Astrophysical warm-up

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Problem 1: classical Doppler effect

Obtain the non-relativistic approximation (to the first order in $V/c$) for the Doppler effect.

Problem 2: relativistic Doppler effect

Obtain the relativistic formula for the Doppler effect.

Problem 3: Doppler effects for sound and light

What are the differences between the Doppler effect for light and the "analogous" effect for sound?

Problem 4: Doppler effect and time dilation

Using the Doppler effect, how could we demonstrate that time is running differently for observers which move relative to each other?

Problem 5: Solar luminosity

Every second about $1400 J$ of solar energy falls onto one square meter of the Earth. Estimate the absolute luminosity of the Sun.

Problem 6: solar mass loss

Assuming that the constant luminosity stage for the Sun is of order of $10^{10}$ years, find the portion of solar mass lost due to radiation.

Problem 7: Cepheids in LMC

Why was the connection between the luminosity of variable stars (Cepheids) and the period of their brightness' variation discovered from observation of stars in the Large Magellanic Cloud (LMC) rather than in our Galaxy?

Problem 8: frequency of supernova's registration

A supernova in its maximum brightness reaches the absolute stellar magnitude of $M=-21$. How often will the supernova outbursts be registered if observation is carried out on the whole sky up to the limiting magnitude $m=14$? Assume that in a typical galaxy a supernova bursts on average once per 100 years, and galaxies are distributed with spatial density of one galaxy per $10 Mpc^3$.

Problem 9: star formation rate

Calculate the average rate of star formation in our Galaxy.

Problem 10: H resonant lines

Determine the wavelengths of hydrogen resonant lines.

Problem 11: the $\alpha$-Lyman line

The main method for investigation of interstellar neutral hydrogen are observations in ultraviolet band. The strongest interstellar absoption line is $\alpha$--Lyman hydrogen line ($\lambda=121.6\mbox{nm}$). This line corresponds to transition of electron from state with quantum number $n=1$ to the state with $n=2$. At the same time, the Balmer series characterized by electron transition from excited $n=2$ state are not observed. Why does this happen?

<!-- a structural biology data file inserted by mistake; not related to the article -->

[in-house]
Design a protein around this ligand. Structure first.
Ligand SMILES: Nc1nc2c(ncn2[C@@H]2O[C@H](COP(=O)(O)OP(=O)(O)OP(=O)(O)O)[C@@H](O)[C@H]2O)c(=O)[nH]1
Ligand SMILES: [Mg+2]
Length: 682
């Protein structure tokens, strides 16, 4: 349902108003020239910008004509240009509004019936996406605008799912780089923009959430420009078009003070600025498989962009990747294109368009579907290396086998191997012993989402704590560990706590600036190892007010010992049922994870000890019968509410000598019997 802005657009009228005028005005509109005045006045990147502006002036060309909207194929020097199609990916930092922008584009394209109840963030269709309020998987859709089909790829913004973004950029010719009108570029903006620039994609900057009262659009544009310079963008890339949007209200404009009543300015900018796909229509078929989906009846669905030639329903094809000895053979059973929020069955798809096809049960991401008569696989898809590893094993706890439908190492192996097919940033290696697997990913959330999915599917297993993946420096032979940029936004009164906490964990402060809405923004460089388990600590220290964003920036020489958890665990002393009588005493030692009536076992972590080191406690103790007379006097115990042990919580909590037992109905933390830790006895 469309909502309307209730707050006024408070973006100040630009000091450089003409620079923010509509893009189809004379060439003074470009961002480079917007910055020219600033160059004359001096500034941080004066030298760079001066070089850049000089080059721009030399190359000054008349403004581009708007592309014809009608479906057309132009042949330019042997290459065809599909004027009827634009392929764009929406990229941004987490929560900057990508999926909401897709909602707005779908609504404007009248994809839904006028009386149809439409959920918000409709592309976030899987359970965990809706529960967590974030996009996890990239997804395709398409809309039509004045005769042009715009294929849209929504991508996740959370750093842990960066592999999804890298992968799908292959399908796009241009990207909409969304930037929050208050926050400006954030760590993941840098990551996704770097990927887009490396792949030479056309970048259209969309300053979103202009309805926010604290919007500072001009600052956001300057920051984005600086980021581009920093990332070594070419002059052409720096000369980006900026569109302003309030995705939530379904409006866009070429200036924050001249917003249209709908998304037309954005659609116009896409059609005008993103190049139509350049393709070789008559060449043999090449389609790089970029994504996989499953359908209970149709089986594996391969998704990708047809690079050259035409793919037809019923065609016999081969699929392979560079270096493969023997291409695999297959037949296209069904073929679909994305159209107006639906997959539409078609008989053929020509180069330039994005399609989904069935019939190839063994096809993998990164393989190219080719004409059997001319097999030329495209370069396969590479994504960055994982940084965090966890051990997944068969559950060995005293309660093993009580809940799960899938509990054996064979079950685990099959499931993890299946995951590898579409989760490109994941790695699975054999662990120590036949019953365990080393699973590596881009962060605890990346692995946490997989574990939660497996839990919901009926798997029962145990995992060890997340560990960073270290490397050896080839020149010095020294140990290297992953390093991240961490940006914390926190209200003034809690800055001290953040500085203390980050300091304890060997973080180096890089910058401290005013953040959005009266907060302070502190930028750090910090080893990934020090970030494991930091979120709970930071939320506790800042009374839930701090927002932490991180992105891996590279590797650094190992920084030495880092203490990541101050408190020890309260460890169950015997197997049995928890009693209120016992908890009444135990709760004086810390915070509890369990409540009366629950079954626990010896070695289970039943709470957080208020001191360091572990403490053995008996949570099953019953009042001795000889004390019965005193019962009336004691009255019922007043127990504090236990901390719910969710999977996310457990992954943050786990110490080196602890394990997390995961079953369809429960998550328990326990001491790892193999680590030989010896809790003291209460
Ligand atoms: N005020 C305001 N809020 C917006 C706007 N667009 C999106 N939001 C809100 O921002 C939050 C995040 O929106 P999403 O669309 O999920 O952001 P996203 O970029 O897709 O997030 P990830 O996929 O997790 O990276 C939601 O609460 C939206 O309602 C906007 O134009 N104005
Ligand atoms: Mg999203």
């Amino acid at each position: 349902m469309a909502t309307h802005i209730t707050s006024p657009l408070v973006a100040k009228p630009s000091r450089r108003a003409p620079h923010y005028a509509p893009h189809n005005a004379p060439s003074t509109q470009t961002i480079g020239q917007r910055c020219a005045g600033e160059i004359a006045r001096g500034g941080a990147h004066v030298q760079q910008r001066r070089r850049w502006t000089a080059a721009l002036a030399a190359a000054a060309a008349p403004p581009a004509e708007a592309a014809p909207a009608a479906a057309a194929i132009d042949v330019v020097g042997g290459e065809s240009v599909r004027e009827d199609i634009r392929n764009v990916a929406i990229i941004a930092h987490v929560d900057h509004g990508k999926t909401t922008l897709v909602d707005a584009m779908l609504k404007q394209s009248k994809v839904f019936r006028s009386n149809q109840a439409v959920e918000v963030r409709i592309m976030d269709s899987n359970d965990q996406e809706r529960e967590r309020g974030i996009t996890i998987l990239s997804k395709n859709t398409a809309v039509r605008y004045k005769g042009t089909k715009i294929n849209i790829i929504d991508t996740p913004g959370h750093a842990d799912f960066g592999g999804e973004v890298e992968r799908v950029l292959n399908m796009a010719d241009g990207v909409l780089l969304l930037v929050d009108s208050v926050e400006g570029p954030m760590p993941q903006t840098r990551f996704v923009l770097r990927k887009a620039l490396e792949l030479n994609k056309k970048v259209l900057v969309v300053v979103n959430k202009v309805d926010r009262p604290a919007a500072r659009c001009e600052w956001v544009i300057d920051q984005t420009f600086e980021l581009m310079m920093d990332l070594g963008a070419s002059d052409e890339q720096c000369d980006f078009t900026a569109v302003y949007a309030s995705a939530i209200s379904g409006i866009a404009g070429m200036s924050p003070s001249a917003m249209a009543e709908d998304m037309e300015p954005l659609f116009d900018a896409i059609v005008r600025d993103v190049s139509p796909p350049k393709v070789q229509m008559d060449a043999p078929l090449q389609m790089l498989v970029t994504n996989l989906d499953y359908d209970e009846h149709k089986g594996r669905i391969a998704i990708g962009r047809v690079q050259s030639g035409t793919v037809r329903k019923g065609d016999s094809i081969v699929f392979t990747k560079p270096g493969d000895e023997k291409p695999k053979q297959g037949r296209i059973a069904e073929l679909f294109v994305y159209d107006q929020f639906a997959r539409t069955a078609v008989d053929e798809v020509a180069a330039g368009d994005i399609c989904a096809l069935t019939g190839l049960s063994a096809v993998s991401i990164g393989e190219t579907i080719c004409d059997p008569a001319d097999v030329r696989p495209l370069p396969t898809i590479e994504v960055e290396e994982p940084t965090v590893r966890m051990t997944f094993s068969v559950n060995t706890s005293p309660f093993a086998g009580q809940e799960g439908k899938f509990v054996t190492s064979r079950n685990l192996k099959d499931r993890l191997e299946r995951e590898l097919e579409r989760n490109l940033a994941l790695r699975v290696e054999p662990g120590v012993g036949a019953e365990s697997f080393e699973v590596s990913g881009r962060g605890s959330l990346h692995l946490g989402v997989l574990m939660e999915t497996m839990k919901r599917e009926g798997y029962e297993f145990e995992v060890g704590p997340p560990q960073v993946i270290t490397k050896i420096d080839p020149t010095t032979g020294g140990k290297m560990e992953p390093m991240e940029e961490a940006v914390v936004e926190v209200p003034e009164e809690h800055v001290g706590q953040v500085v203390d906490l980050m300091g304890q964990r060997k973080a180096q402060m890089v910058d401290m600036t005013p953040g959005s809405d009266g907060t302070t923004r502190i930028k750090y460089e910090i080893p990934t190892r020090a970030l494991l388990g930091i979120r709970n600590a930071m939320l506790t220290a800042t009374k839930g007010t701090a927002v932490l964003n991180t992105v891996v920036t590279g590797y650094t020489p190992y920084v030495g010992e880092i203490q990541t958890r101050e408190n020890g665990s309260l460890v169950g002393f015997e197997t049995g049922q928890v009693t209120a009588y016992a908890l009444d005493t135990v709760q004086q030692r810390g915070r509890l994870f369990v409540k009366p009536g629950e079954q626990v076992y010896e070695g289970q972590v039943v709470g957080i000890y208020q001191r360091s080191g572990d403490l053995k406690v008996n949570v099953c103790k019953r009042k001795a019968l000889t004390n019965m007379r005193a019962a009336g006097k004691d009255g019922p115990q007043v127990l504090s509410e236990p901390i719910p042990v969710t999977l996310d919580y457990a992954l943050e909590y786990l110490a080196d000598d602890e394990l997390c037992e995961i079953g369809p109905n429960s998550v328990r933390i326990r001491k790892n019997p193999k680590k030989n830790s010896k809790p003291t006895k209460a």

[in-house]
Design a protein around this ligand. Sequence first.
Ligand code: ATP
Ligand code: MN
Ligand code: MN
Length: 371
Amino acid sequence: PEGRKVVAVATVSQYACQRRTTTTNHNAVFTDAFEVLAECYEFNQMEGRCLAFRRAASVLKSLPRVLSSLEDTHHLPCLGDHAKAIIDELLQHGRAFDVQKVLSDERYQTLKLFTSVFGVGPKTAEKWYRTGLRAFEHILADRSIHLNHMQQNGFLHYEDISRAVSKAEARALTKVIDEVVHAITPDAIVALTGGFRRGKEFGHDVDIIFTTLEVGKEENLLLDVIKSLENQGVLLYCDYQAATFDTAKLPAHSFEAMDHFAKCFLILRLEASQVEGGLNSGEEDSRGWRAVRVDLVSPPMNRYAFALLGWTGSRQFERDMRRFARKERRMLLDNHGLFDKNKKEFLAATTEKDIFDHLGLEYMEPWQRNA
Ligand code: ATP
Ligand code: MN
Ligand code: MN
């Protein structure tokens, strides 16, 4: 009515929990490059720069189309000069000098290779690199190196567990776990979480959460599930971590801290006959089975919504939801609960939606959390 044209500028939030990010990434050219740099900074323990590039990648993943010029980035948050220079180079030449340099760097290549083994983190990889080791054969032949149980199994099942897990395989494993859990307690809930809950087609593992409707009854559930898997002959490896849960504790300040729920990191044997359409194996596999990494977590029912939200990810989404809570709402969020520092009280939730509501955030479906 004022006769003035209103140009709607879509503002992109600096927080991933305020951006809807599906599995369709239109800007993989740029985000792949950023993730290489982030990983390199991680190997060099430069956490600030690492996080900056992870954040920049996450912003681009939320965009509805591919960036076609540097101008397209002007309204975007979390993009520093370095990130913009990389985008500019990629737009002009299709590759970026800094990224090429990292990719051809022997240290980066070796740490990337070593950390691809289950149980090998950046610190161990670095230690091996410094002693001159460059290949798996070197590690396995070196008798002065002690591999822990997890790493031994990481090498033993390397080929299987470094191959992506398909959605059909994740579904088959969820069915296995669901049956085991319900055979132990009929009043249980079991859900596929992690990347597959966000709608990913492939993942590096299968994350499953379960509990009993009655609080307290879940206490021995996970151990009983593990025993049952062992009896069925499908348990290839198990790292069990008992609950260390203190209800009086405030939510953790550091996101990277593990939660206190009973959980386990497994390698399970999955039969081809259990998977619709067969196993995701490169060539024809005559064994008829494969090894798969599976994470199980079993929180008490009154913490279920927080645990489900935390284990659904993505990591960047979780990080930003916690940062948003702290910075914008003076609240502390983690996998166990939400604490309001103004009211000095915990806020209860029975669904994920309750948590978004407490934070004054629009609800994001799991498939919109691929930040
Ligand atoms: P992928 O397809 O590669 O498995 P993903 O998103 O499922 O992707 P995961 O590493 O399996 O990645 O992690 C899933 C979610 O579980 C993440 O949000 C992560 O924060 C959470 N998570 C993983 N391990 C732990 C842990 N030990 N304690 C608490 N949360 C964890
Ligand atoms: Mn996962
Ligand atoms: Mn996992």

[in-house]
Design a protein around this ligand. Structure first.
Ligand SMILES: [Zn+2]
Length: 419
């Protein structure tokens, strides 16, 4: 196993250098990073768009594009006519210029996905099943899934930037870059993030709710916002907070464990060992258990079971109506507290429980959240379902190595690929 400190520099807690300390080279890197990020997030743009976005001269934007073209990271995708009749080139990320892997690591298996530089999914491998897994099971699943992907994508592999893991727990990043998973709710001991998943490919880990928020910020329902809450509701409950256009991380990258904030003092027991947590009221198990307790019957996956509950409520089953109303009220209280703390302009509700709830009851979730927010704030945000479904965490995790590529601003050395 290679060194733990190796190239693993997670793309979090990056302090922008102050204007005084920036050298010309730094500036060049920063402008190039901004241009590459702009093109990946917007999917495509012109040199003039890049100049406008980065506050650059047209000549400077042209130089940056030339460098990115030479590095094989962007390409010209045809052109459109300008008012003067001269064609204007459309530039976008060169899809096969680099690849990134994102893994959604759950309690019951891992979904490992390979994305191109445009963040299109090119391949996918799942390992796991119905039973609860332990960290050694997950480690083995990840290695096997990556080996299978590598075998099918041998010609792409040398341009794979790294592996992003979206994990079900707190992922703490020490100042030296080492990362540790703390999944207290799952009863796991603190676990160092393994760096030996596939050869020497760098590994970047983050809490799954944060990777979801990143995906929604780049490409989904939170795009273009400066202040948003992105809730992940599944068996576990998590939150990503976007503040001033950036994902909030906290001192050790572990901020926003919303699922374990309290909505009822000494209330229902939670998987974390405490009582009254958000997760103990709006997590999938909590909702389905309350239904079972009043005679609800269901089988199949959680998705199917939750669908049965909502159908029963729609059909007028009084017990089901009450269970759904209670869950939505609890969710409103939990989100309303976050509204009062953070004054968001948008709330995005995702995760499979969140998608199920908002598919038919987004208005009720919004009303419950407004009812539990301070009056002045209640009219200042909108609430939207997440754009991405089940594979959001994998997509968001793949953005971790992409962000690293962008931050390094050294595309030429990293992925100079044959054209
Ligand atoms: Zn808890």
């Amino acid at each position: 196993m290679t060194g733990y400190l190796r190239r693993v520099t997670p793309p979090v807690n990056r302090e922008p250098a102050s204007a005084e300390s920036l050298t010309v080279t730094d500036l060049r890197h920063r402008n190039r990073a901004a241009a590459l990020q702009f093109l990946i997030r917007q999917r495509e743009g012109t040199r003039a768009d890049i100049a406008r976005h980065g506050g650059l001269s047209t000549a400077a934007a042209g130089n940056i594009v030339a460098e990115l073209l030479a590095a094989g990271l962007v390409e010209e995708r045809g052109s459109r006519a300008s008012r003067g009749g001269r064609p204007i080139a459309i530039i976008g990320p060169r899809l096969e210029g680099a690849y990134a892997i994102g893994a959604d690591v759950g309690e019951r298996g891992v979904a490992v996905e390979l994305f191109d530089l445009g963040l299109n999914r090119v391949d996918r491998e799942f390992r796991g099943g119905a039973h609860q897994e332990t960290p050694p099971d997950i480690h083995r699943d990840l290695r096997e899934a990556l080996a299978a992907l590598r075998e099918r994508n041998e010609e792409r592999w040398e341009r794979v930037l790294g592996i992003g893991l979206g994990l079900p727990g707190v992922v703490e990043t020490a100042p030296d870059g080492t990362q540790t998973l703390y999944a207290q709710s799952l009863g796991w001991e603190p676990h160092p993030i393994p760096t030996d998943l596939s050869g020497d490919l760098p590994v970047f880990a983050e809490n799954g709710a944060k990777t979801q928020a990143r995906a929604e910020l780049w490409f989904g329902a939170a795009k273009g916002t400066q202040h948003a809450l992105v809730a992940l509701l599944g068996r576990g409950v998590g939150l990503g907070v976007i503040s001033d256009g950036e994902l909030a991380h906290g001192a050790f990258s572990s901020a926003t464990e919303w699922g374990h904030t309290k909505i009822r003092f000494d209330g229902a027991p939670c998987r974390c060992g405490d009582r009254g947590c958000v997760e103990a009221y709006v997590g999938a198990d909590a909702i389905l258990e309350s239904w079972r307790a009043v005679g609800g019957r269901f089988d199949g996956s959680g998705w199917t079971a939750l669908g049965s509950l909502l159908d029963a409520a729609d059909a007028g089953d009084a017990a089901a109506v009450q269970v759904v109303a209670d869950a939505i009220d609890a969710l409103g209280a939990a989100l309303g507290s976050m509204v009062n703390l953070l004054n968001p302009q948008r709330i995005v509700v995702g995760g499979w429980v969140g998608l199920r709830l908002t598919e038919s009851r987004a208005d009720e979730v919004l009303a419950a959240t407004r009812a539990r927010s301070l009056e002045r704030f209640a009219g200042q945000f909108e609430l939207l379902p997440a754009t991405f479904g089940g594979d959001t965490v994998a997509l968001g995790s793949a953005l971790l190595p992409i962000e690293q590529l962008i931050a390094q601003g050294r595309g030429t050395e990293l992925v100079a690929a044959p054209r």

Problem 12: tunneling through the Coulomb barrier

Hydrogen burning (hydrogen to helium transformation) in stars is realized in the so-called $p$--$p$ cycle, which starts from the reaction of deuterium formation \(p+p\to d+e^+ +\nu.\) To support such a reaction the colliding protons have to overcome Coulomb barrier (in order to enter the region where nuclear forces act: $r_{nf}\approx10^{-13}\mbox{ cm}$.) It requires energy as high as \(E_{c}=e^2/r_{nf}\approx1.2\mbox{ MeV.}\) Typical solar temperature is only $T_\odot=10^7 \mbox{ K}\approx0.9\mbox{ keV}$. The Coulomb barrier can be overcome due to the quantum tunneling effect (classical probability to overcome the barrier for the protons in the tail of Maxwell distribution is too low). Estimate the probability of tunneling through the Coulomb barrier for protons on the Sun.

Problem 13: elderly Sun

At present hydrogen in the Sun burns (transforms into helium) at temperature $1.5\cdot10^7\ K$, but much higher temperature will be required to synthesize carbon from helium (when hydrogen is exhausted) due to higher Coulomb barrier. What physical mechanism could provide the increase of the Sun's temperature at the later stages of its evolution?

Problem 14: accretion and the Eddington limit

Accretion is the process of gravitational capture of matter and its subsequent precipitation on a cosmic body, i.e. a star. In such a process the kinetic energy of the falling mass $m$ transforms with some efficiency into radiation energy, which leads to additional contribution to the brightness of the accreting system. Determine the limiting brightness due to accretion (the Eddington limit).

Problem 15: masses of the stars

Masses of stars vary in the limits \[0.08{{M}_{\odot }}<{{M}_{star}}<100{{M}_{\odot }}.\] How could this be explained?

Problem 16: double stars

How many quantities completely determine the orbit of a component of a double star?